"The Otolith Organs: The Utricle and Sacculus". NCBI Bookshelf - Neuroscience. Angelaki DE, Cullen KE (2008). "Vestibular system ... Humans have two otolithic organs on each side, one called the utricle, the other called the saccule. The utricle contains a ... This membrane is weighted down with protein-calcium carbonate granules called otoliths. These otoliths add to the weight and ... Similarly, the saccule contains a patch of hair cells and a macula. Each hair cell of a macula has 40-70 stereocilia and one ...
... the otolith organs, the saccule and utricle, are stimulated by linear accelerations. Stimulation of the semicircular canals ... Stimulation of the otolith organs occurs when gravitational forces or linear accelerations cause movement of the otolith ... An abrupt change from climb to straight-and-level flight can stimulate the otolith organs enough to create the illusion of ... The vestibular system consists of the otolith organs and the semicircular canals. Illusions in aviation are caused when the ...
... and two otolith organs (Saccule and Utricle). Each semicircular canal (SSC) is a thin tube that thickens briefly (2x thin ... Utricle responds to linear accelerations and head-tilts in the horizontal plane (head to shoulder), whereas saccule responds to ... SCC sends adaptive signals, unlike the otolith organs whose signals does not adapt over time. A shift in the otolithic membrane ... Otolithic organs have a thick, heavy gelatin membrane that, due to inertia (like endolymph), lags behind and continues ahead ...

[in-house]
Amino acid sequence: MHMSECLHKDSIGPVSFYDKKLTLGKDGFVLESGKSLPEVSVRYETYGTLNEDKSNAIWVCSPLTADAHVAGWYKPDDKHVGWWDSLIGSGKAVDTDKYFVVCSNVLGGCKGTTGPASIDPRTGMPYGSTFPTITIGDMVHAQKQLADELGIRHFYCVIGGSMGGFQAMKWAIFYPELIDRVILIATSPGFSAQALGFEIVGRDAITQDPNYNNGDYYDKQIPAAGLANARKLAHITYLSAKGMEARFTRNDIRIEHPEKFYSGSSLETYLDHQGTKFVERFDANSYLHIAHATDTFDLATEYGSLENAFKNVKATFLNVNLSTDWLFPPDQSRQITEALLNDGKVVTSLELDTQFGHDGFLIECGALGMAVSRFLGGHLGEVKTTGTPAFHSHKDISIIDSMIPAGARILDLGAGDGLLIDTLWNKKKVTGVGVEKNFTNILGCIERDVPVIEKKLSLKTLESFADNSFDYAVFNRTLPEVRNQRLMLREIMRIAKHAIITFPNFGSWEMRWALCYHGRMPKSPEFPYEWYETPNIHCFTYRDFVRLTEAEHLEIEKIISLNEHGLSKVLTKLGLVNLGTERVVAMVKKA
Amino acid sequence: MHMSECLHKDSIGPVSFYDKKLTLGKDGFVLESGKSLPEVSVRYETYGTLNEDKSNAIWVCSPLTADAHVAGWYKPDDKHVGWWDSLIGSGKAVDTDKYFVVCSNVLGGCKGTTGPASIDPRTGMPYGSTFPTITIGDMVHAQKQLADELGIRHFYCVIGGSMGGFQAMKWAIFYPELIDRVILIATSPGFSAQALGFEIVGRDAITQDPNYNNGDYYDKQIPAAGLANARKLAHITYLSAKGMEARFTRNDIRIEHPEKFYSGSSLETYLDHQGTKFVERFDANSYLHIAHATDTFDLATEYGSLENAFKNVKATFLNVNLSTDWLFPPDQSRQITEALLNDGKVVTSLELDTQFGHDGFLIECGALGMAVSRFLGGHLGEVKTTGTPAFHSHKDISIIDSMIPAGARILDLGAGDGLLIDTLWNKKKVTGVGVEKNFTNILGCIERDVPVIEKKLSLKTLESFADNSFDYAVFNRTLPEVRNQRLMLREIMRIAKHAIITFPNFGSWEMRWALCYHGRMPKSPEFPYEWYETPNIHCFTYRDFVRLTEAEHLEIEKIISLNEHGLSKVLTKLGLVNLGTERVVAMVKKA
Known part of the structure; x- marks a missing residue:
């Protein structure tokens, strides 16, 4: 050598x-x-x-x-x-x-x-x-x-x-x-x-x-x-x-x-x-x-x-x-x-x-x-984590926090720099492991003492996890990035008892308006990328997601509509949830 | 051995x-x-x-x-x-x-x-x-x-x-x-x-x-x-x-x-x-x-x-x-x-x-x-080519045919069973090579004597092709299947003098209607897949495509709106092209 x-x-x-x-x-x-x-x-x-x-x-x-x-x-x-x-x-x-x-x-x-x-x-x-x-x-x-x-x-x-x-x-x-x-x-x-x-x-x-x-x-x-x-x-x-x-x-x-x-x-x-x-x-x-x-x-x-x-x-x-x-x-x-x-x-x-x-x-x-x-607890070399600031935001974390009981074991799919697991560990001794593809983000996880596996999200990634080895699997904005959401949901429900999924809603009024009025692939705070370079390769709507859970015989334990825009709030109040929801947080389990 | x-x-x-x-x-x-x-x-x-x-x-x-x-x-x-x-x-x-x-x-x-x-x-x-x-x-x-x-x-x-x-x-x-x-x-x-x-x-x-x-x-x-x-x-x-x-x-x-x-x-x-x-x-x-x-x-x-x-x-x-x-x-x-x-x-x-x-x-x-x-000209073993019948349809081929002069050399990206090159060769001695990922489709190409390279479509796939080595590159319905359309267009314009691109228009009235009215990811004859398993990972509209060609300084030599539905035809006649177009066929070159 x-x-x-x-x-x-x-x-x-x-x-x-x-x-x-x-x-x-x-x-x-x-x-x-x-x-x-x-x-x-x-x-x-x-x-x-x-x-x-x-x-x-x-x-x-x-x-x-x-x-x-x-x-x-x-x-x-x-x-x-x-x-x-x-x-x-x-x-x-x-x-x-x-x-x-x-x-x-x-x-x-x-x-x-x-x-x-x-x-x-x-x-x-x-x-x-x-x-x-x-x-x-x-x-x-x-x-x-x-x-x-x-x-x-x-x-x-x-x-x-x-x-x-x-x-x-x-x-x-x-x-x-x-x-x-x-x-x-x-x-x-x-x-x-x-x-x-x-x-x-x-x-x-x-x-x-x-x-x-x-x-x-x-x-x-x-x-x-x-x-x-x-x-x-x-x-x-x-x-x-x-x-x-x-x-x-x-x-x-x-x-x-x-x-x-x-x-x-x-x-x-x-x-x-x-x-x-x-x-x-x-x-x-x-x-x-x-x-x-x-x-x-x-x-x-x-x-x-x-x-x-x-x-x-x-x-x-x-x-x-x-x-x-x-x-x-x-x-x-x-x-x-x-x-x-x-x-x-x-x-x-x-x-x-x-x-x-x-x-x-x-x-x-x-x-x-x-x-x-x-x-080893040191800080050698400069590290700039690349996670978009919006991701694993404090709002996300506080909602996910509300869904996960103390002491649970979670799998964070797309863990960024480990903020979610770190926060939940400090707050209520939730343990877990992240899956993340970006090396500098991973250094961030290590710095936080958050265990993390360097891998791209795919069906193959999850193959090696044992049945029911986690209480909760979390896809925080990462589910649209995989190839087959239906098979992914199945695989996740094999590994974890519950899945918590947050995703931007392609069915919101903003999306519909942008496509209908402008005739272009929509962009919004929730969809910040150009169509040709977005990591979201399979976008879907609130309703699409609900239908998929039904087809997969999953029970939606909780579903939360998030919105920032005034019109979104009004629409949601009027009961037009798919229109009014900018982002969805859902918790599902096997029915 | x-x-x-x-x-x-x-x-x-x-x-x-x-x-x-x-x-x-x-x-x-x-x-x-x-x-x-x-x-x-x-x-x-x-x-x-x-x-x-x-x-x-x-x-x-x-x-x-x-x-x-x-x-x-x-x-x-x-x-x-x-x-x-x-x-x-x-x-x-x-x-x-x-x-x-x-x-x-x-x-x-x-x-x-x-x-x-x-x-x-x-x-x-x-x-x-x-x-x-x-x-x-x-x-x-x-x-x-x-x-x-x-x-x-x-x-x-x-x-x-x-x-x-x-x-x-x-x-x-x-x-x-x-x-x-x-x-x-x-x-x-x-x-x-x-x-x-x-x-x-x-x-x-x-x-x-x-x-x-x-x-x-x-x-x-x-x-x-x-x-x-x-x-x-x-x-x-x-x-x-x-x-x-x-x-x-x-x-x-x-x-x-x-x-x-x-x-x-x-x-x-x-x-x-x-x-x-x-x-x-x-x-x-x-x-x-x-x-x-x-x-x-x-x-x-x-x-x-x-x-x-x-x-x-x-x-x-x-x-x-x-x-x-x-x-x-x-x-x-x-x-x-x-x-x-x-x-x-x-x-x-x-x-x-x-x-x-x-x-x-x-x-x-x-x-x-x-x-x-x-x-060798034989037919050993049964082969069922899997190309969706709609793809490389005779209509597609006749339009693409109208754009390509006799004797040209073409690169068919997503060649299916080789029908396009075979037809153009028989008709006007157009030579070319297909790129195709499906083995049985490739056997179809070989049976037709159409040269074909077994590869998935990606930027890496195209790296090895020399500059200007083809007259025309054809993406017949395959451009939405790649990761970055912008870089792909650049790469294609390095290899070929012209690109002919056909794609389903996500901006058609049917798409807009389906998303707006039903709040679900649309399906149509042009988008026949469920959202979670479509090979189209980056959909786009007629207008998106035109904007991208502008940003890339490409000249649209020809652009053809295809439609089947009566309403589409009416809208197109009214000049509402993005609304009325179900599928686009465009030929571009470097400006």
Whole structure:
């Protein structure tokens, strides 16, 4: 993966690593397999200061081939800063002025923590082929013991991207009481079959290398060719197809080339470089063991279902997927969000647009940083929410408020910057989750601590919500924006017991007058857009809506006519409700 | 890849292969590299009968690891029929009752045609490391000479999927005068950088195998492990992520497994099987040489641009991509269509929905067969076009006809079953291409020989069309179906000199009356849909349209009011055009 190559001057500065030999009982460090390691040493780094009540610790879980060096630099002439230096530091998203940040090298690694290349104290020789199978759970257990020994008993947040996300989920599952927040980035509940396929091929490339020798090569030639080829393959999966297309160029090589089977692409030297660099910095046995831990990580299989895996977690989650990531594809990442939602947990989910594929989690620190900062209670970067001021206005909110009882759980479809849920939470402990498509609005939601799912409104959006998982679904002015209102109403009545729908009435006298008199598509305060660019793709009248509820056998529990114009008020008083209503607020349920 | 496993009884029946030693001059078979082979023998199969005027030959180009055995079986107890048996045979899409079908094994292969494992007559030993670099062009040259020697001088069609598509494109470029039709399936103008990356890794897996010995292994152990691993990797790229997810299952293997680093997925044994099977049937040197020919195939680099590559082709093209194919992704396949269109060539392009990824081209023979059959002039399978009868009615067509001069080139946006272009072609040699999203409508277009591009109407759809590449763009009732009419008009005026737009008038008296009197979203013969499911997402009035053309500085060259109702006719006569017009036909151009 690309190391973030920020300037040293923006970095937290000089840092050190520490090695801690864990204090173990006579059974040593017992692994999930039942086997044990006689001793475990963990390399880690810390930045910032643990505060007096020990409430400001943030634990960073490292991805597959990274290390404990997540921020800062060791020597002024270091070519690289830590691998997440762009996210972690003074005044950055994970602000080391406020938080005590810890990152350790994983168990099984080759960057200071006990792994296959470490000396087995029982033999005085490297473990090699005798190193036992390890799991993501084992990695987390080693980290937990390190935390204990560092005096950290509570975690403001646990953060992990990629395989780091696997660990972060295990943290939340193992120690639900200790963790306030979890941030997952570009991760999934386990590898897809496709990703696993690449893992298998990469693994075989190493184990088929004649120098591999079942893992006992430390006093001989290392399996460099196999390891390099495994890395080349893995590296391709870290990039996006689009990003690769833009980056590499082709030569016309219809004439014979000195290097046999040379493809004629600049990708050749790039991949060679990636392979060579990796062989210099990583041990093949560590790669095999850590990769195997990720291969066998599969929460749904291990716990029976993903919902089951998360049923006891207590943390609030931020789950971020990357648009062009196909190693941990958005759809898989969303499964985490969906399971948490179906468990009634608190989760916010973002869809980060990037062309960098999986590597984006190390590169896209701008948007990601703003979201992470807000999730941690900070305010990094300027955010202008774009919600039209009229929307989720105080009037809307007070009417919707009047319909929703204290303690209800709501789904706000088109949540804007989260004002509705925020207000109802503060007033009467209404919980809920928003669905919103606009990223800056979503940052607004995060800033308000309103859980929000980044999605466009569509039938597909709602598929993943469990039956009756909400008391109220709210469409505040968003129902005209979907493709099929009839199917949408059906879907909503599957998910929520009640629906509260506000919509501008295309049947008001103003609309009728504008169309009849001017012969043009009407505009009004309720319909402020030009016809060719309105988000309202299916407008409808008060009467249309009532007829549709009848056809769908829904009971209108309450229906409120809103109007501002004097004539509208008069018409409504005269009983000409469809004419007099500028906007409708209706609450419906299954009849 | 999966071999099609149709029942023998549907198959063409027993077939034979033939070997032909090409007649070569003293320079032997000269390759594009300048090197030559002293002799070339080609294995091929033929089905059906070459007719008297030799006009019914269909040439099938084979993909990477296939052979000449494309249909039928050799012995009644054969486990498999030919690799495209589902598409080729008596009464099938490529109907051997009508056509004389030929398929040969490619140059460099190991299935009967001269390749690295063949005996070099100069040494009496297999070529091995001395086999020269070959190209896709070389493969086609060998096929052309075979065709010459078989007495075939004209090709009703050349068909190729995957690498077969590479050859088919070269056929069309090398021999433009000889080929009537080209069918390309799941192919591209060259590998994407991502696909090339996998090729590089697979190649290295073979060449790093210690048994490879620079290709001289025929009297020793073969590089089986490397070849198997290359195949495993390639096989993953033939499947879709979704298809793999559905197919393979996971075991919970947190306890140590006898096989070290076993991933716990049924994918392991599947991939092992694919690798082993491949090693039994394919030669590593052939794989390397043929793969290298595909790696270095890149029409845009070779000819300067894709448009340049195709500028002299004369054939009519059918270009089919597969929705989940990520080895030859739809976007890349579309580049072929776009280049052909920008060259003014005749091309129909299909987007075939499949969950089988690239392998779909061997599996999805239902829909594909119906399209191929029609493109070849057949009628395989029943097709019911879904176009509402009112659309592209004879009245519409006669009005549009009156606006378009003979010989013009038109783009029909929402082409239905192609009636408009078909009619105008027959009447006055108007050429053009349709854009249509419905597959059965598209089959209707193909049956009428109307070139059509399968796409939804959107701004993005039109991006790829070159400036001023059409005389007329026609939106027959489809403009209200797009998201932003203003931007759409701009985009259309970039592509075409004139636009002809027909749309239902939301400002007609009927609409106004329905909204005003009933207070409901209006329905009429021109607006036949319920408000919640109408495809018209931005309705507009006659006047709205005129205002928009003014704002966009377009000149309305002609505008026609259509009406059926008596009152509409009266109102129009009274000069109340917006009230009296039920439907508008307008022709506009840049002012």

Two otolith organs, the saccule and utricle, are located in each ear and are set at right angles to each other. The utricle ... gravity can also produce stimulation of the utricle and saccule. A response of this type will occur during a vertical take-off ... the net gravitoinertial force sensed primarily by the otolith organs is not aligned with gravity, leading to perceptual ... Good spatial orientation on the ground relies on the use of visual, vestibular (organs of equilibrium located in the inner ear ...
... and the two otolith organs (the utricle and the saccule). This technology has been investigated for both military and ...
The inner ear contains the otolith organs-the utricle and saccule-and the semicircular canals belonging to the vestibular ... macular of the utricle and saccule, and organ of Corti). The nerve begins to form around the 28th day. Molecular regulation ... A central area known as the vestibule contains two small fluid-filled recesses, the utricle and saccule. These connect to the ... The endolymph is situated in two vestibules, the utricle and saccule, and eventually transmits to the cochlea, a spiral-shaped ...
Two types of otolith organs are housed in the vestibule: the saccule, which points vertically and detects vertical acceleration ... and the utricle, which points horizontally and detects horizontal acceleration. The otolith organs together sense the head's ... The saccule and utricle detect different motions, which information the brain receives and integrates to determine where the ... Symptoms in these organs present as vertigo, difficulties walking in low light and darkness, disequilibrium, oscillopsia among ...
... and the otolith organs (the utricle and the saccule), which detect changes in linear acceleration and gravity. Both the ... The inner ear contains the vestibular system, which is also known as the organ of equilibrium. About the size of a pencil ... semicircular canals and the otolith organs provide information to the brain regarding the body's position and movement. A ...